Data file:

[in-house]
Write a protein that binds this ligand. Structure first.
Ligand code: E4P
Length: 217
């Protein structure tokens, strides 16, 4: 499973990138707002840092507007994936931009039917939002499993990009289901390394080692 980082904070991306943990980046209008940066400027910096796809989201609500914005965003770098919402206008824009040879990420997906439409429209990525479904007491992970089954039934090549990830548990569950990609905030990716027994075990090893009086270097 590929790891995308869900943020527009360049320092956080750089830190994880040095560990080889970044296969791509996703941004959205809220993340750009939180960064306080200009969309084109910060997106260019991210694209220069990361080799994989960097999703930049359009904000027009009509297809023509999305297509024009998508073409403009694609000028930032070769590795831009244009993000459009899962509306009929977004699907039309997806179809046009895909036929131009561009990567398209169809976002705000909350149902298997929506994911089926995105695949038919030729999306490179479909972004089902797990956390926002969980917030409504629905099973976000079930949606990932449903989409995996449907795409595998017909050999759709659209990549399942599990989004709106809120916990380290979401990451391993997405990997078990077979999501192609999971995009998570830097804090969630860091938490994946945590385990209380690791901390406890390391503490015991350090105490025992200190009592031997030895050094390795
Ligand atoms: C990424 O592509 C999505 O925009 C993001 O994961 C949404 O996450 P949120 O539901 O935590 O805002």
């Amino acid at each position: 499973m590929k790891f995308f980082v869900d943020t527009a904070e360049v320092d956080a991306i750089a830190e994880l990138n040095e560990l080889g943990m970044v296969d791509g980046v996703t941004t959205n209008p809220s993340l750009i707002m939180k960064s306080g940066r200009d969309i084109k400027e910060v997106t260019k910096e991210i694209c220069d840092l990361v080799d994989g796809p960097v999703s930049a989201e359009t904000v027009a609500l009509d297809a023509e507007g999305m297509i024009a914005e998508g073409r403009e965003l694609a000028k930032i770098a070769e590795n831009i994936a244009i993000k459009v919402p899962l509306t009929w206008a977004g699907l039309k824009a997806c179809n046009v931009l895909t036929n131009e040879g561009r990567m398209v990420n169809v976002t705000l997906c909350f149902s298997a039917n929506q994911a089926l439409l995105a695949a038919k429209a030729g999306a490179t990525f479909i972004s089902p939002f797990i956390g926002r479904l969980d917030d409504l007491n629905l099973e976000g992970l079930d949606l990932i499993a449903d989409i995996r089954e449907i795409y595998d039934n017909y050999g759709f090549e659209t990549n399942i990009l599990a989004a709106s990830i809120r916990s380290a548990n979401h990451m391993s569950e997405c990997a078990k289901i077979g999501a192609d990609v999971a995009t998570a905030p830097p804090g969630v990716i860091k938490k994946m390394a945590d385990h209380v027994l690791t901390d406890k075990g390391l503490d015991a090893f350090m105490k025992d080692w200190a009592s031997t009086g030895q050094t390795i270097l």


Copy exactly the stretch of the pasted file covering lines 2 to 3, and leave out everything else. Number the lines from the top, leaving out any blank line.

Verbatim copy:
Write a protein that binds this ligand. Structure first.
Ligand code: E4P